Perhaps my title is a touch dramatic, but Thanksgiving travel is the only explanation for the traffic I hit on the way to my 96th appointment with Horizakura. A normal drive into the city should take around 45 minutes for me, but this commute (despite it being a Tuesday) took an hour and 45 minutes. It was absolutely brutal and so incredibly frustrating to be late on a day when work was finally not an obstacle in the way of me making it to an appointment. The bright side is that the holiday season tends to be a bit more calm in my industry so I’m optimistic about the appointments we have going forward. Getting there when I did only left Horizakura an hour to work, and I suspect that is why he opted to shade some of my arm instead of continuing with the outline. The background outline often takes some time to draw on and work out the flow and it’s my guess that he opted to maximize our time together by going with some shading which he can start right away. You might be wondering why I didn’t just ask him for his reasoning. I don’t have a very good answer to that question other than to say it doesn’t really matter to me. Sure I’m increasingly excited about being near the end of the full outline, but it all has to get done eventually. The order it gets done in will be largely inconsequential when we cross the finish line.
From an outsiders perspective there probably isn’t anything exciting about the results of this appointment. From my perspective, having full sleeves has been a goal since I started getting tattooed nearly 15 years go. Seeing this take shape is very exciting to me, no matter how small the step forward is.
After three months of cancelled appointments, Horizakura and I were finally able to meet up for our 95th appointment together. Work has just been unbelievably busy for me and I had no choice but to cancel my appointments in September and October to accommodate. In fact, I was in danger of having to cancel this appointment if not for the willingness of my colleagues to cover me on a job last Tuesday. We were booked on a show in Soho so I was able to dip out around 5:30, walk over to the studio for a quick hour of tattooing, and then had to jet back to work to help the guys load out the show. I was in and out so fast there wasn’t too much time for chit chat or beer like we usually do, which was a huge bummer… but there wasn’t any other choice. Nonetheless, Horizakura was able to spend an hour or so drawing out and tattooing some background on my forearm. Not exactly the kind of content that will get me 10,000 likes on Instagram, but background is such a vital part of any horimono design that I am always very excited to see it come together. I was a little late taking the photos below and the lines have started to heal, so you may see some irregularities that won’t be there once the healing is complete. Not much else to say here other than I am so happy to be getting tattooed again and so happy to be writing updates here.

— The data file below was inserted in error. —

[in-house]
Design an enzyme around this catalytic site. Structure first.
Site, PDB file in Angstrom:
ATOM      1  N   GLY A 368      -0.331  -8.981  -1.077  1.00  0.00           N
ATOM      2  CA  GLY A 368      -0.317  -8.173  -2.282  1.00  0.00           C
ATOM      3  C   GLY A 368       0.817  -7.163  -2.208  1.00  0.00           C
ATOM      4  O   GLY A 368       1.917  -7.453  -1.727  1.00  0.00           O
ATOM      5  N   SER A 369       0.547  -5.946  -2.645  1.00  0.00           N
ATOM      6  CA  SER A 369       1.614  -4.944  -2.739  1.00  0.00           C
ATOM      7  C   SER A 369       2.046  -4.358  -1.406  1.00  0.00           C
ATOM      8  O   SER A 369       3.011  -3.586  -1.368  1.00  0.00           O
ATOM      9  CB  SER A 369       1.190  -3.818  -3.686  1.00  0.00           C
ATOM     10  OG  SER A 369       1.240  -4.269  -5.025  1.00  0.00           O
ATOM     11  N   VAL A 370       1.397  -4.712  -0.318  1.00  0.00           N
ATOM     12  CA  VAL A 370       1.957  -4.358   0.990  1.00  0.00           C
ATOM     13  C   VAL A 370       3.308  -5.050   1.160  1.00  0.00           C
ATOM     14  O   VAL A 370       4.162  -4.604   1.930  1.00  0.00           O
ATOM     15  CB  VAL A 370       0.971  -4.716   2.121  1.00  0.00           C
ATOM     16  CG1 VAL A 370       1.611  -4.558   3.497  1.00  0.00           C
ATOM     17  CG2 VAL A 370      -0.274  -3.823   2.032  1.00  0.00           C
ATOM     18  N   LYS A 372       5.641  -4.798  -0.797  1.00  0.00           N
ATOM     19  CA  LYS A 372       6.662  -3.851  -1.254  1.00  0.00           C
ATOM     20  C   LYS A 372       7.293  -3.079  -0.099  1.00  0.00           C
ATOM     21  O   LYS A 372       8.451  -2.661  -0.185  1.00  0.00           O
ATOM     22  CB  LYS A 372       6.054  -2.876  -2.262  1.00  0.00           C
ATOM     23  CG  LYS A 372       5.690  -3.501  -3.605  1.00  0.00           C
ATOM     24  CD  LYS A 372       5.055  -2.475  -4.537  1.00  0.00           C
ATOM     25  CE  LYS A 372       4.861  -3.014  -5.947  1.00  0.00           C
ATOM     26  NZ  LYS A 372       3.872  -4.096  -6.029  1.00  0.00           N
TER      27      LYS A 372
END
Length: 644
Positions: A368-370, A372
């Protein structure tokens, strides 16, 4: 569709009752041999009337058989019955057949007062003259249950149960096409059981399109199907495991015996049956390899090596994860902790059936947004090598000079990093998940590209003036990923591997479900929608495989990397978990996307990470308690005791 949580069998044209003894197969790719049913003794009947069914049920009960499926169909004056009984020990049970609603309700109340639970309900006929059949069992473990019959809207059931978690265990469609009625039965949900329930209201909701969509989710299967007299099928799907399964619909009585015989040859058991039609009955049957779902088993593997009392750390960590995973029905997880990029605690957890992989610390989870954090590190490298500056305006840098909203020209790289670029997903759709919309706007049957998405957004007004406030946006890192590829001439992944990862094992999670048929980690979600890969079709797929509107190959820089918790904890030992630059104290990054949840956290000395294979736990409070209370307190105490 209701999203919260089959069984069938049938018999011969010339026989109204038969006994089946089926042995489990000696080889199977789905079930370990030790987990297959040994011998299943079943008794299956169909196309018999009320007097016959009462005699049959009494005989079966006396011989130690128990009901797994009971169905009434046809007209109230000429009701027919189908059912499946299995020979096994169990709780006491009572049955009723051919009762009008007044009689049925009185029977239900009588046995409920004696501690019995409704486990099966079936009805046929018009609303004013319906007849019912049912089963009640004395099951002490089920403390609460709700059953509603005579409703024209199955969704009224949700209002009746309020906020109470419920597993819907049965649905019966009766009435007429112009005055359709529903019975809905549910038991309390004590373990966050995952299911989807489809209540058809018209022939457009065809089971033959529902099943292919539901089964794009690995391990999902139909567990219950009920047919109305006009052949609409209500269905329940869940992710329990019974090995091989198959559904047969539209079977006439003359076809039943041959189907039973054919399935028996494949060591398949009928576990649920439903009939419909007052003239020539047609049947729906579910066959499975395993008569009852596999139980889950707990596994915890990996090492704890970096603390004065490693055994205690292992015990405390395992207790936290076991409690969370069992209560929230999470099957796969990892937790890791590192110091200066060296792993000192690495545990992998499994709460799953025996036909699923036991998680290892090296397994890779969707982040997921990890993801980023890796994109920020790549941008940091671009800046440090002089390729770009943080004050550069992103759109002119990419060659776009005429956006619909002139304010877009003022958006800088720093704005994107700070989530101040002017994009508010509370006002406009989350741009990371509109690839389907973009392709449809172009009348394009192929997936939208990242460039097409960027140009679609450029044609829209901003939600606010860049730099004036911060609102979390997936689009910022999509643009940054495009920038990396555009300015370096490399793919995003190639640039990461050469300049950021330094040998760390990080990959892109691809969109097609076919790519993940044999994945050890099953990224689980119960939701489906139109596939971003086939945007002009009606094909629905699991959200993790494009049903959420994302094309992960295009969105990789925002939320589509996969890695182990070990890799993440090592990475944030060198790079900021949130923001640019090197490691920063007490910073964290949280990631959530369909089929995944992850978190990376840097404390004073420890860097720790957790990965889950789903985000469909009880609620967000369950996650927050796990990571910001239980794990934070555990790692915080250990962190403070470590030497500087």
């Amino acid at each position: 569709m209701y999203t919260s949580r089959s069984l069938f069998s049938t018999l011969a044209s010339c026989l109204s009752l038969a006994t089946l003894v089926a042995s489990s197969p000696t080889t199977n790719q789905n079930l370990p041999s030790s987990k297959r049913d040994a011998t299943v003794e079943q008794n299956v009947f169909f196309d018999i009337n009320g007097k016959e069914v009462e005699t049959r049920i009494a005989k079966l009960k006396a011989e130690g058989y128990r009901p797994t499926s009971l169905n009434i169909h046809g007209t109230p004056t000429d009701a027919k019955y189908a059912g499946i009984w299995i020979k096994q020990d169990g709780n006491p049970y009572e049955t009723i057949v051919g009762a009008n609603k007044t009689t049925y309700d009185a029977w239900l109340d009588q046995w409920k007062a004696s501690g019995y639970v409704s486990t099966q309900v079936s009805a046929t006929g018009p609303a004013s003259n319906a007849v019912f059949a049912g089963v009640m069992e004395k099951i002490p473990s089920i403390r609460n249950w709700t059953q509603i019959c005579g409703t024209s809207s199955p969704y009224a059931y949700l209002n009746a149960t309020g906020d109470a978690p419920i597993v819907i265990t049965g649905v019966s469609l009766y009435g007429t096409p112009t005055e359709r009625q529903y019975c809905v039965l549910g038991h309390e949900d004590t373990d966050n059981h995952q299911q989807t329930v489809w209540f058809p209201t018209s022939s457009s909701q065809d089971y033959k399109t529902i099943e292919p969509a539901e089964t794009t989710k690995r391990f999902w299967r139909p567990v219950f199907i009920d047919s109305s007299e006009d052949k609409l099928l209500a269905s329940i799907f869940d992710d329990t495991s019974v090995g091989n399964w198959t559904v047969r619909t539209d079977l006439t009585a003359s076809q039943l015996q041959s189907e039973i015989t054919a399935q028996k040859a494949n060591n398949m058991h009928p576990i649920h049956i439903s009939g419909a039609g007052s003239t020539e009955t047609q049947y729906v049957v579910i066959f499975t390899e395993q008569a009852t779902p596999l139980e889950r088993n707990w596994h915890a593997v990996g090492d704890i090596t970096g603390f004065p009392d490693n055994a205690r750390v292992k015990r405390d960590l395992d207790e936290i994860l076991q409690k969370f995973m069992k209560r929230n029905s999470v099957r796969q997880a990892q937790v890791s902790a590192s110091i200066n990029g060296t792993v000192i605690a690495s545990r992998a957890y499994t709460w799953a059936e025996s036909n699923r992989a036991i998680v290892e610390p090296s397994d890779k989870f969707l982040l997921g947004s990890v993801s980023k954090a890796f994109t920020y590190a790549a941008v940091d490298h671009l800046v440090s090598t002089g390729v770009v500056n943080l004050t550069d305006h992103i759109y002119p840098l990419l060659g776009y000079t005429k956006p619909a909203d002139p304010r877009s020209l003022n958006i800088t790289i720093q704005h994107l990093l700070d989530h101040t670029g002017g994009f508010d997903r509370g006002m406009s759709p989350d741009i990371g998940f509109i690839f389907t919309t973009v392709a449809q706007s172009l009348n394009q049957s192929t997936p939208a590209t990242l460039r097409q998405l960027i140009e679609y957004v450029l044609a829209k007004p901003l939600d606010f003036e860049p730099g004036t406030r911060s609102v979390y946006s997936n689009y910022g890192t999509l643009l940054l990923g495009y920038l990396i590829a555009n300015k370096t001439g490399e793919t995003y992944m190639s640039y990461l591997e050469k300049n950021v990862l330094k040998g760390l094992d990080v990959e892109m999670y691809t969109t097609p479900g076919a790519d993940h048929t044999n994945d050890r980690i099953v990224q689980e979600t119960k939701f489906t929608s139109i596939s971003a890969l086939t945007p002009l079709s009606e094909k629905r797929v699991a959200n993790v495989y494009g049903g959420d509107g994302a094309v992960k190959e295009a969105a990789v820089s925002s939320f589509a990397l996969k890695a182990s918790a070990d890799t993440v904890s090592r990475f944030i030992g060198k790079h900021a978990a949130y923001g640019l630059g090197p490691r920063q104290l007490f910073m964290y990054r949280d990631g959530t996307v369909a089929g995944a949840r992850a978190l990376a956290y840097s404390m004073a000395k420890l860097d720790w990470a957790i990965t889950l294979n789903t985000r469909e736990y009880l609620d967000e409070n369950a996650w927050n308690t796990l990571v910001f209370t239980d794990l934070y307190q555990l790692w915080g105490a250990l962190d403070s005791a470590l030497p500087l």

Also, the day after my appointment I had some interesting bruising in my elbow ditch. I don’t recall ever having bruised like this before and I thought it was noteworthy.